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Going to AWP Without Going to AWP: Virtual Edition

6 Mar
Neither of these are the physical book fair, but they are *both* at the #AWPVirtualbookfair!

Last year around this time, Michael and I traipsed about Portland for AWP, skirting the conference itself, simply enjoying off-site readings and the book fair on Saturday. It was a lovely way to round out our time in the Pacific Northwest.

This year, because of our move, I never had any intentions of going to the conference in San Antonio, but because of the coronavirus, lots of folks, including my publisher Lanternfish Press have cancelled their trips. Because small presses depend on AWP each year for sales, a virtual book fair has been set up as a Google Doc by Trevor Ketner, publisher of Skull + Wind Press, inspired by poets G. Calvocoressi, Dana Levin, and Greg Pardlo. Now folks can browse from afar, and check out the many beautiful books and journals on sale here at #AWPVirtualBookfair. In random scrolling through the virtual book fair, I came across this intriguing book of poetry, Goodbye Wolf, by Nik De Dominic. Most discount codes are good through Sunday. Lanternfish Press is offering 30% off all of their books (including Daughters of the Air); use the code AWP2020.

Another press I love that has cancelled its trip to San Antonio is Fairy Tale Review. Their newest issue, back issues, subscriptions, and the complete set of issues are 20% off. Use code AWP20. The title story of my in-progress story collection, “More Like Home Than Home,” is in their Wizard of Oz-themed Emerald Issue. It’s set in Brooklyn in the 1980s and is a potpourri of the Wizard of Oz, Alice in Wonderland, and Twelve Dancing Princesses.

But what is a book fair without getting to pick up a book and open it at random? Below is random page from Daughters of the Air (you can read the opening over at Tin House). Beneath that, a taste of what all is in FTR’s Emerald Issue.

Stay healthy out there! Enjoy yer book browsing & book reading!

Cross-Country Drive in Lists, 10 Years Later

5 May
In the Badlands in 2009

In 2009, Michael and I drove west from Brooklyn to start a new life in Seattle. I was beginning the MFA program at the University of Washington, and we were ready for a new adventure in a region neither of us ever thought we’d live in. I documented that first cross-country drive in a list of lists here.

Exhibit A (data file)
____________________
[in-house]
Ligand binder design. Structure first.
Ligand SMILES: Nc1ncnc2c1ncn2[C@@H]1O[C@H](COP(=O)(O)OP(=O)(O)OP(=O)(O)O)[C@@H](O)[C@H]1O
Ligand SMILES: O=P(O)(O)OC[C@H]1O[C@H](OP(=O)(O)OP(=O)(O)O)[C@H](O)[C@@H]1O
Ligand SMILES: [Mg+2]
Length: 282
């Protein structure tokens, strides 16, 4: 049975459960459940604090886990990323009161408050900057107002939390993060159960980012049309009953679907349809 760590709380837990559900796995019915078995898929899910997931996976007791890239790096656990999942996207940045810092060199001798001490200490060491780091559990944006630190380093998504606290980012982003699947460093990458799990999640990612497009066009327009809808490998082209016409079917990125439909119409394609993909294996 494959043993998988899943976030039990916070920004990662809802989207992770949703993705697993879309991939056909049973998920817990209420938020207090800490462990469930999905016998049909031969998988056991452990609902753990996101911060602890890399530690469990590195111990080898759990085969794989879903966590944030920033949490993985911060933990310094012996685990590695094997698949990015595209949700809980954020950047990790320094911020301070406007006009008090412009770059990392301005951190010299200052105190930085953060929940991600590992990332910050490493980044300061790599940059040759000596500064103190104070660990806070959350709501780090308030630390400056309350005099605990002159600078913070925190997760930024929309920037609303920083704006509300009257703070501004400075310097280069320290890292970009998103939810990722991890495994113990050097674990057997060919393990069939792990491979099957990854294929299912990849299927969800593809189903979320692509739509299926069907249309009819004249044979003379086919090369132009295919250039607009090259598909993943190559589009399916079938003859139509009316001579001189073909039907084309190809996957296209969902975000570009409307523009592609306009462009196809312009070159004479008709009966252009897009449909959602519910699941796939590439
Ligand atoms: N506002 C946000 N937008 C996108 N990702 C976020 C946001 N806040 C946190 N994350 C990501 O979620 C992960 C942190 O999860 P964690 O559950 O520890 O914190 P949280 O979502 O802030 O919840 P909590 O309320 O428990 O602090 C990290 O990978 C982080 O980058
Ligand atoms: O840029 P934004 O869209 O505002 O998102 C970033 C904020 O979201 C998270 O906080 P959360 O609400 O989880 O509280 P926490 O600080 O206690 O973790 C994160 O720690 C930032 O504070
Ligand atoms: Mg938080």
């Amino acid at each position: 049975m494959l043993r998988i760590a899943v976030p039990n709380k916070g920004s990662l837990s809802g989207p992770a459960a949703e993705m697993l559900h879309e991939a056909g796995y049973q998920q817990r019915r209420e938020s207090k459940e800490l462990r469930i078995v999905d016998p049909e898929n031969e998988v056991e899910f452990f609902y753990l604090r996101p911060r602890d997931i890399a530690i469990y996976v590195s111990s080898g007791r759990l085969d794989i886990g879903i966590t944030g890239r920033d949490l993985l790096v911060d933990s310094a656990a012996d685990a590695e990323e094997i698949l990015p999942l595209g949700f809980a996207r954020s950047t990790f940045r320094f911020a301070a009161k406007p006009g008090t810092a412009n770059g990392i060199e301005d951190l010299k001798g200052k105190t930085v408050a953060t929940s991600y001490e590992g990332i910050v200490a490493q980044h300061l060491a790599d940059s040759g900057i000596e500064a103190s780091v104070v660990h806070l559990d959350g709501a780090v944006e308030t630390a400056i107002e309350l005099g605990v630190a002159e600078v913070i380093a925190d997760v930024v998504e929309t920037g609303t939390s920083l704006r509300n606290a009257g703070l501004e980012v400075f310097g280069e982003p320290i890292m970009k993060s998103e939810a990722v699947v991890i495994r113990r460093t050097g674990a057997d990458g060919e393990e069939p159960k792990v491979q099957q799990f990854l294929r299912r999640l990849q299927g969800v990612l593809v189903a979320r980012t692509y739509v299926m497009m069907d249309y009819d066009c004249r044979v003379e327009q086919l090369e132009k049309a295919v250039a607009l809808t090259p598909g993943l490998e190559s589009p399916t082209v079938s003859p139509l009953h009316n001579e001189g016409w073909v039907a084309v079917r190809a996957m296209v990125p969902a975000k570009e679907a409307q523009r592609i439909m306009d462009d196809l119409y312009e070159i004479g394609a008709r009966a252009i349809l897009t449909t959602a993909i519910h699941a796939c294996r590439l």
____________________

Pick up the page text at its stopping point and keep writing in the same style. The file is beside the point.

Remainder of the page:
Nearly ten years later, we felt the pull to come back east; in April, we packed up our things and now we’re in Chicago, starting the next chapter of our lives. But of course! We had to take another cross-country drive, partly retracing our steps but also seeing lots of new things. And herein is a list of lists for our second crossing:

  • Mileage: Approximately 2400
  • Days: 9
  • Start point: Seattle
  • End point: Chicago

Parting image of the Pacific Northwest: Wet roads, sopping dark evergreens.

Cities stopped in to eat and/or sleep: Ellensburg, WA; Spokane, WA; Missoula, MT; Bozeman, MT; West Yellowstone, MT; Jackson Hole, WY; Rock Springs, WY; Laramie, WY; Cheyenne, WY; North Platte, NE; Lincoln, NE; Omaha, NE; Des Moines, IA; Iowa City, IA.

Detour: Petrified Ginko National Forest

Notable Spokane radio: Developing a trauma-informed perspective, on Native America Calling

Rivers crossed: Cle Elum, Columbia, Coer D’Alene, Clark Fork, Boulder, Jefferson, Missouri Headwaters, Madison, Gallatin, Snake, Buffalo, Hoback, Little Sandy, North Platte, Medicine Bow, Laramie, South Platte, Platte, Blue, Missouri, West Nishnabotna, East Nishnabotna, South Raccoon, North Raccoon, South Skunk, North Skunk, Guernsay, Iowa, Cedar, Mississippi, Fox.

Fauna spotted: bald eagles, hawks, bison, elk, alpaca, orioles, cardinals, starlings, geese, hundreds of horses, thousands of cows.

Best smelling city: Still Bozeman, ten years later. This time, instead of pine trees, it smelled of apple and smoked pork.

Most public service announcements about meth: Still Montana, ten years later. “Ask Me How My Gun Went Off.”

Most fun billboard: “Rock Creek Testicle Festival,” also in Montana.

Most awe: Western Wyoming.

Aw!

Best business name: Pickle’s Discount Mattress in Rock Springs, WY.

Promising overheard dialogue in Rock Springs: “I used to listen to Morning Joe, but I can’t anymore. I just wanna know what’s going on. Don’t rant at me!” This jived with our similar feeling of watching Lawrence O’Donnell on MSNBC for half a minute. Maybe we can turn it all off? Then again…